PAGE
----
National Weather Service Meteorologist John Gordon says being prepared for weather disasters is like having insurance; you hope to never have to use it, but you’re glad you have it.

Gordon says in light of the situations like the Henryville tornado that swept through Indiana in 2012, Hoosiers should always be prepared for worse-case scenarios. Gordon says a storm “watch” means conditions are ripe for storm formation which may or may not happen, a “warning” means that the storm actually exists and is probably headed your way so take cover.

Gordon, who presented Dubois County with a StormReady designation earlier this year, says everyone needs to be prepared even after a warning is issued.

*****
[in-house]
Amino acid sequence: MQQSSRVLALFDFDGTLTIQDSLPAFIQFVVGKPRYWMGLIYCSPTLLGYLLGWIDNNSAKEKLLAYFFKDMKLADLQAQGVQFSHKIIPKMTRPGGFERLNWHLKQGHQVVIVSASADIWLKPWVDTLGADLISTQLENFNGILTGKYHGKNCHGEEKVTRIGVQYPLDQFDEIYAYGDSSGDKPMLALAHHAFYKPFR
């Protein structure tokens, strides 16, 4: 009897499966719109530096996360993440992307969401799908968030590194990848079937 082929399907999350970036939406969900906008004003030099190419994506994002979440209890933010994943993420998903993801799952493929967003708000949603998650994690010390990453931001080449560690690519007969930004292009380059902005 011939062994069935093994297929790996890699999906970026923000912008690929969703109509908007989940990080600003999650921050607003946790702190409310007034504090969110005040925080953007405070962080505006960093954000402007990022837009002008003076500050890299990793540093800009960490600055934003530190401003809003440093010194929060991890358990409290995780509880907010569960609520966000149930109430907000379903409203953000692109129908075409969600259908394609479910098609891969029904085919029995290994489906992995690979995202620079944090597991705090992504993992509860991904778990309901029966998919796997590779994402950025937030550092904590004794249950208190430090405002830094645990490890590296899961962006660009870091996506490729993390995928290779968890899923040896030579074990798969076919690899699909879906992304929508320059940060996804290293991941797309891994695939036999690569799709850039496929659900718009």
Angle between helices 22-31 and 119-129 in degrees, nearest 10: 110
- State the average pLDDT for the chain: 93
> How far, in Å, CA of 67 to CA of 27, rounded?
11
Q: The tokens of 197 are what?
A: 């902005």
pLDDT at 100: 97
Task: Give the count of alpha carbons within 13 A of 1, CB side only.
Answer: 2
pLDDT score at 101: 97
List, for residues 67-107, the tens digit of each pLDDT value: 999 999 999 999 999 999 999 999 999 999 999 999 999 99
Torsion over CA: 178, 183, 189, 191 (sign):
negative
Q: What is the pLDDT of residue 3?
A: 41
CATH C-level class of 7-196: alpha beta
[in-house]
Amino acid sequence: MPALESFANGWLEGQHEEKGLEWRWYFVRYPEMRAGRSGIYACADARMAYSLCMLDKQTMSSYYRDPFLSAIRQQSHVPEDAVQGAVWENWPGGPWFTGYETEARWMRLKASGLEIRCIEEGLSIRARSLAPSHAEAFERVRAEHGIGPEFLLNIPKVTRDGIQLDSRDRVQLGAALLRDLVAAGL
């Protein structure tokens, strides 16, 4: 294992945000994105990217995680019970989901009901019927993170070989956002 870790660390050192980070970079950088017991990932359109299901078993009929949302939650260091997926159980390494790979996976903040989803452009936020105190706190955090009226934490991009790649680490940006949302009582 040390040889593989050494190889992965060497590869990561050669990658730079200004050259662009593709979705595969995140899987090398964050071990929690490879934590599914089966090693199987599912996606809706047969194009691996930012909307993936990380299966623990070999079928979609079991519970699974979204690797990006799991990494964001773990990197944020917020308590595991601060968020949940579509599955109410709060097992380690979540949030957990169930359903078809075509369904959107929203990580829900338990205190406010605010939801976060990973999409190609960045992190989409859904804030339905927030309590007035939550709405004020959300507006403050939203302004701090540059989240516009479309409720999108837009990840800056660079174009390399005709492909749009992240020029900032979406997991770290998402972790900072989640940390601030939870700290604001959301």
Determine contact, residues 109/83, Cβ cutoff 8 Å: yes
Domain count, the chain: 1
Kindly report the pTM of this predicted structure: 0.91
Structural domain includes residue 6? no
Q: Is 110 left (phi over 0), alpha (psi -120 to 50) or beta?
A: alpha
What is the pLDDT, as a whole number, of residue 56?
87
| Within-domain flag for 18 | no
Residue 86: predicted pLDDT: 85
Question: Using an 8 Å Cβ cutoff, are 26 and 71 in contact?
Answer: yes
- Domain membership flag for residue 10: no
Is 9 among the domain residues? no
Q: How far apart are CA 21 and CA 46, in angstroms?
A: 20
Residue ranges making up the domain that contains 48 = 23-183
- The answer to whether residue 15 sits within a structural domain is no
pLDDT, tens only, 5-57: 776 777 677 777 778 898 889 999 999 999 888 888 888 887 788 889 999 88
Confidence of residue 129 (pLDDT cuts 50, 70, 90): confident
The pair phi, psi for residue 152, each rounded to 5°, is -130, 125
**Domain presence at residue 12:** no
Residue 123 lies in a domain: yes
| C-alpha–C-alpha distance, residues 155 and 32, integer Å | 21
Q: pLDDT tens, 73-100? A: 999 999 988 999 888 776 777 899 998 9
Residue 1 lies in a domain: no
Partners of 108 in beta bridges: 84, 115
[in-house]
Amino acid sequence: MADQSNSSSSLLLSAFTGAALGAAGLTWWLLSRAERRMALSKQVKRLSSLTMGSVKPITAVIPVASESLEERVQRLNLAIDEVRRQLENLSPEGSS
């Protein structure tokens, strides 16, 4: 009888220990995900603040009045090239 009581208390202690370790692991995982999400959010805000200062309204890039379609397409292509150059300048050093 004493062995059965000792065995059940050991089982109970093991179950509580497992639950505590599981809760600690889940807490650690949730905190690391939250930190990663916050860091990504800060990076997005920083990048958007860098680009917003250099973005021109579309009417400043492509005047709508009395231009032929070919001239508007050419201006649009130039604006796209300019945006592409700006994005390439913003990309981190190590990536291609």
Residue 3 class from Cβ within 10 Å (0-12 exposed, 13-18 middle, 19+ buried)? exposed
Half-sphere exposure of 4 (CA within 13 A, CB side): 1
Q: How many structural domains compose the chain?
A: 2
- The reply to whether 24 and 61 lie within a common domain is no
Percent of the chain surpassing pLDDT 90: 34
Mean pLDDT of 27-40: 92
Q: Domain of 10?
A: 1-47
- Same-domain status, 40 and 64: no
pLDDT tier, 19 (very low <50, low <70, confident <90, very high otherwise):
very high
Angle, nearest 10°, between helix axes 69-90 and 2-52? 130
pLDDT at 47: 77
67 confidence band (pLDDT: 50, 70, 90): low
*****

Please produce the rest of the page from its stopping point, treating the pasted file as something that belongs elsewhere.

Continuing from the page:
He says preparedness means having an evacuation plan, an innermost interior room in your home to stay during storms and items like blankets, working cellphones, canned goods, bottled water, flashlights, NOAA weather radios, etc.

The national weather service also released several statistics regarding lightning, tornadoes, straight-line winds, and hail.

Lightning…

  • Causes an average of 55-60 fatalities and 400 injuries each year
  • Costs more than $1 billion in insured losses each year

Tornadoes…

  • Cause an average of 60-65 fatalities and 1,500 injuries each year
  • Can produce wind speeds in excess of 200 mph

Straight-line Winds…

  • Can exceed 125 mph
  • Can cause destruction equal to a tornado

Hail…

  • Can be larger than a softball (5 inches in diameter)
  • Causes more than $1 billion in crop and property damage each year